Climate change debate: putting health first

Climate change debate: putting health first

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Climate change

Despite the enormous global attention being paid to climate change, its fallout on health is only now being recognised

Recent studies on climate change have painted a very grim picture of its immediate and long-term fallout on health. The trend has been exacerbated over the last few years during which extreme weather events have caused devastation across every continent, with a direct impact on health and health services. Australia, Brazil, China, western Europe, Malaysia, Pakistan, South Africa, and South Sudan have been wracked by floods.  Wildfires have hit Canada, the USA, Greece, Algeria, Italy, Spain, and Türkiye, and record temperatures have scorched Australia, Canada, India, Italy, Oman, Türkiye, Pakistan, and the UK.

All these events have left massive death and destruction in their wake. At the same time, they have taken a terrible toll on health. Heat waves are affecting psychological well-being on a global scale. According to a 2022 Lancet study, acute temperature increase, heatwaves, and humidity have been associated with worsened mental health outcomes and increased suicidality. Droughts have been found “to disrupt agricultural production, affect livelihoods, and cause food and water scarcity and other hardships that affect family relationships, increase stress, and negatively impact mental health, with differences between genders.”

Heatwaves have emerged as the recent manifestation of climate change across the globe. And the Lancet study starkly emphasizes this. In 2012–2021, the study points out,  children younger than one year experienced 600 million more person-days of heatwaves, and adults older than 65 years endured 3·1 billion more than in 1986–2005. In 2021 alone, people older than 65 years in Canada experienced a record of 47 million more person-days of heatwaves, and children under 1 year suffered 2·4 million days than annually in 1986–2005.

It was much more so in 2022 when various parts of the world witnessed record heatwaves. Data from National Oceanic and Atmospheric Administration (NOAA) reveals 2022 was the sixth-warmest year on record from January through August, with a global average temperature 1.55 degrees higher than the 20th-century average. The summer of 2022, the study highlights, was the hottest on record for Europe and China, the second-hottest for North America and Asia, and the fifth-hottest for planet Earth since record-keeping began in 1880.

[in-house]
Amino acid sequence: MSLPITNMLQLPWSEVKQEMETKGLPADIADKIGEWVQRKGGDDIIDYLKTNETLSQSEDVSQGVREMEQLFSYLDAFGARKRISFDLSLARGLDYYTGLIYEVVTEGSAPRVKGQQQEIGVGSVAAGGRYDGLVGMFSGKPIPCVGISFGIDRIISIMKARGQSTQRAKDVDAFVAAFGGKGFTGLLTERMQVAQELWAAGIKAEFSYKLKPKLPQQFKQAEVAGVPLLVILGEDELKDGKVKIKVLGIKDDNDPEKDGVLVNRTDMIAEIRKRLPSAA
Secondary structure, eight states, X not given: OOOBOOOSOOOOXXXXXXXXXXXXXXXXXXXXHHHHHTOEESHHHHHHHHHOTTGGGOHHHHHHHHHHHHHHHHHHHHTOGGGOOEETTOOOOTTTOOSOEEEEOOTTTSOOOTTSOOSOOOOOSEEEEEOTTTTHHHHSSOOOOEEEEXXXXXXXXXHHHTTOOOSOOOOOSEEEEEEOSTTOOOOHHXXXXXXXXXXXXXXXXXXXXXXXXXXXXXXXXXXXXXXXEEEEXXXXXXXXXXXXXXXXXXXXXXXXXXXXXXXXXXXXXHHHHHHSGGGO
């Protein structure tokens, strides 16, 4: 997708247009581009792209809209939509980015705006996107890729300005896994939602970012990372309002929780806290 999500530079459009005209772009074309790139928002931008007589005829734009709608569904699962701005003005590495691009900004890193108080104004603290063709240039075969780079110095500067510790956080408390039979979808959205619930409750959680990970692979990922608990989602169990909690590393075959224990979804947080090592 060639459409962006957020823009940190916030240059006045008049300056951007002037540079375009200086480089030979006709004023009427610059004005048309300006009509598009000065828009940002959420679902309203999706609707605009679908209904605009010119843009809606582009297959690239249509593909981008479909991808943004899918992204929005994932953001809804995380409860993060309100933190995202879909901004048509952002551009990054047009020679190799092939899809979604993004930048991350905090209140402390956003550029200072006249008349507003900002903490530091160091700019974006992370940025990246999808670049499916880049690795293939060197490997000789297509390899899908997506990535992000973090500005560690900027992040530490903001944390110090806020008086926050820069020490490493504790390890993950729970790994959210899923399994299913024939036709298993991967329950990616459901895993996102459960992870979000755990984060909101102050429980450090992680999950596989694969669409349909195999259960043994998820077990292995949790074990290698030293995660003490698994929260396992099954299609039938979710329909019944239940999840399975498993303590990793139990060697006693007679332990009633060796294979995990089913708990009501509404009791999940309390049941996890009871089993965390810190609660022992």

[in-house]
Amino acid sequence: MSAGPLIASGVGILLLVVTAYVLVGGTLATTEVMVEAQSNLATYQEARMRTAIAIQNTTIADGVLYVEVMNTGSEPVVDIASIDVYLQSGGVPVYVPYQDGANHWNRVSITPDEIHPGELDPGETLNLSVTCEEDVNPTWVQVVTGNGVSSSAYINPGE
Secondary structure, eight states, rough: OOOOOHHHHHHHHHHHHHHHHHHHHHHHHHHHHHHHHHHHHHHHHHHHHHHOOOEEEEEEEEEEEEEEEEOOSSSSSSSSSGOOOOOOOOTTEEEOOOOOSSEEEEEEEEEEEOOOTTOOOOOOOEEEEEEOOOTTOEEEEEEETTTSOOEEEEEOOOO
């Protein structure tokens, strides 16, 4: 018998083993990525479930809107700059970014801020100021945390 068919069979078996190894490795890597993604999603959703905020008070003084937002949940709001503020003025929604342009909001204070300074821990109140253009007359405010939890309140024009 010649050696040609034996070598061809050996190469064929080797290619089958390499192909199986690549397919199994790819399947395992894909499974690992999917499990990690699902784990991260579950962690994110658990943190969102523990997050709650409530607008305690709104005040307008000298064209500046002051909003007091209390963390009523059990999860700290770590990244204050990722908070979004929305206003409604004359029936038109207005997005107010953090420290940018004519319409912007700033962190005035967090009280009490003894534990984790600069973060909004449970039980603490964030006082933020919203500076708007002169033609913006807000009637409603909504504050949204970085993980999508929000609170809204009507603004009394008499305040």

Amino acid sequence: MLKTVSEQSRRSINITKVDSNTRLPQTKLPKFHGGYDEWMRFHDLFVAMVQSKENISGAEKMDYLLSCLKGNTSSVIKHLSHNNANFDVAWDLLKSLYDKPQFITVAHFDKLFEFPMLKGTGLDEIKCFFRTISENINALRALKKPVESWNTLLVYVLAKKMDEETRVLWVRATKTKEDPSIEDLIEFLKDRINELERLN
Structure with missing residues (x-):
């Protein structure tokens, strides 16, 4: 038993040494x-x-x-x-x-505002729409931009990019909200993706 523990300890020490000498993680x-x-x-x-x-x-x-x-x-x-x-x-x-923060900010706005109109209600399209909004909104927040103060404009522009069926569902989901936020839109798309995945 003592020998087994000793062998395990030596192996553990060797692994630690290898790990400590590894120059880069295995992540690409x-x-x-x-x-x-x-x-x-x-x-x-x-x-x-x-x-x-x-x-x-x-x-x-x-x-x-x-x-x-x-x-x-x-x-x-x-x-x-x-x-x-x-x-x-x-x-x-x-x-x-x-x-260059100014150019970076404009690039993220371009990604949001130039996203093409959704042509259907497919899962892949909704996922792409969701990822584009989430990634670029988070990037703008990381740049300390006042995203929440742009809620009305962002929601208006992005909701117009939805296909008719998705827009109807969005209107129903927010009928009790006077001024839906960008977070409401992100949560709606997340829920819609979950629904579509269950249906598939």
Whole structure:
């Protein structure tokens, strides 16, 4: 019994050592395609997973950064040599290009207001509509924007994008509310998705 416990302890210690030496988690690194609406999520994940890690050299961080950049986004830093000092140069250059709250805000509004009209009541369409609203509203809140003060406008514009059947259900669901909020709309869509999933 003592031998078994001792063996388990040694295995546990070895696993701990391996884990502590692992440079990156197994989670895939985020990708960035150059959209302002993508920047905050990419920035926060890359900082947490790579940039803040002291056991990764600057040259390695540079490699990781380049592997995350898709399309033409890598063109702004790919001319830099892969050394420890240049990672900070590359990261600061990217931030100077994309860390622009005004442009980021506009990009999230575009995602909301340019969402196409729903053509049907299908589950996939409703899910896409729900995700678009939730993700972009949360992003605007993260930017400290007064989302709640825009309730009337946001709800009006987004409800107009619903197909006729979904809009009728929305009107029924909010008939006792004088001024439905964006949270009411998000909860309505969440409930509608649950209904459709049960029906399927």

Heatwaves, in turn, caused wildfires and a humanitarian fallout. In Australia alone, the fires directly caused some 450 deaths, 1300 emergency asthma presentations, and 1120 cardiovascular and 2030 respiratory admissions, in addition to worsening mental health outcomes and displacing 47 000 people, reveals the Lancet study. In South Asia, the full health impacts of lost income increased hospitalisations, and food and energy insecurity have not been quantified yet.

Floods, as we already are aware, have wrought havoc in Pakistan, upending lives of tens of thousands of people. The World Health Organization has sought psychosocial support and mental health services for the flood-affected to cope with the enormous losses they have experienced and the destruction they have witnessed.

Although the world is witnessing an unprecedented focus on climate change, its fallout on health is something whose scale and magnitude is only just being recognized. But perhaps not to the extent, it should be. A greater awareness of the health risks that climate change poses can galvanize public opinion in favor of taking decisive action to combat it.

Read more: Fact-checking health in 2024

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